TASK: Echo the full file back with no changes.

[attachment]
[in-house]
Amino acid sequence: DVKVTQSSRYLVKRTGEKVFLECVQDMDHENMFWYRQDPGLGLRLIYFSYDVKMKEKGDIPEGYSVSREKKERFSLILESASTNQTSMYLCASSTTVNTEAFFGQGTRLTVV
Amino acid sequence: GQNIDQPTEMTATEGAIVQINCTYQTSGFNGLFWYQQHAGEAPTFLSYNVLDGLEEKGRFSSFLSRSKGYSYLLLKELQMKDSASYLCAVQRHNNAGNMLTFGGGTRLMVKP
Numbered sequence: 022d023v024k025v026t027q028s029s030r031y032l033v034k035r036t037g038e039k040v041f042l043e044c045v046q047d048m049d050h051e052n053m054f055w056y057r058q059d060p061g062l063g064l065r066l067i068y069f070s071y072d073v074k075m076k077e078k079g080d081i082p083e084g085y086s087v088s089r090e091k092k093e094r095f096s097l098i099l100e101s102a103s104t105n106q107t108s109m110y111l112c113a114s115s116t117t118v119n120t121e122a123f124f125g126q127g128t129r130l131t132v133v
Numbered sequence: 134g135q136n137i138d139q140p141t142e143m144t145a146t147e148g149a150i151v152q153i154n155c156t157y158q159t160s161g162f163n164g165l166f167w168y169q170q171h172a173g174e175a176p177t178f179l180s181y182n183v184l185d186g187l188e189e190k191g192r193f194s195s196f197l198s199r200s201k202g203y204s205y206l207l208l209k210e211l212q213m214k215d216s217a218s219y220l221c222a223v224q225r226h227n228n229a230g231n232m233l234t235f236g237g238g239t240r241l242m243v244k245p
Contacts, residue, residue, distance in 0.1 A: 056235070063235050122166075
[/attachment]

[in-house]
Amino acid sequence: DVKVTQSSRYLVKRTGEKVFLECVQDMDHENMFWYRQDPGLGLRLIYFSYDVKMKEKGDIPEGYSVSREKKERFSLILESASTNQTSMYLCASSTTVNTEAFFGQGTRLTVV
Amino acid sequence: GQNIDQPTEMTATEGAIVQINCTYQTSGFNGLFWYQQHAGEAPTFLSYNVLDGLEEKGRFSSFLSRSKGYSYLLLKELQMKDSASYLCAVQRHNNAGNMLTFGGGTRLMVKP
Numbered sequence: 022d023v024k025v026t027q028s029s030r031y032l033v034k035r036t037g038e039k040v041f042l043e044c045v046q047d048m049d050h051e052n053m054f055w056y057r058q059d060p061g062l063g064l065r066l067i068y069f070s071y072d073v074k075m076k077e078k079g080d081i082p083e084g085y086s087v088s089r090e091k092k093e094r095f096s097l098i099l100e101s102a103s104t105n106q107t108s109m110y111l112c113a114s115s116t117t118v119n120t121e122a123f124f125g126q127g128t129r130l131t132v133v
Numbered sequence: 134g135q136n137i138d139q140p141t142e143m144t145a146t147e148g149a150i151v152q153i154n155c156t157y158q159t160s161g162f163n164g165l166f167w168y169q170q171h172a173g174e175a176p177t178f179l180s181y182n183v184l185d186g187l188e189e190k191g192r193f194s195s196f197l198s199r200s201k202g203y204s205y206l207l208l209k210e211l212q213m214k215d216s217a218s219y220l221c222a223v224q225r226h227n228n229a230g231n232m233l234t235f236g237g238g239t240r241l242m243v244k245p
Contacts, residue, residue, distance in 0.1 A: 056235070063235050122166075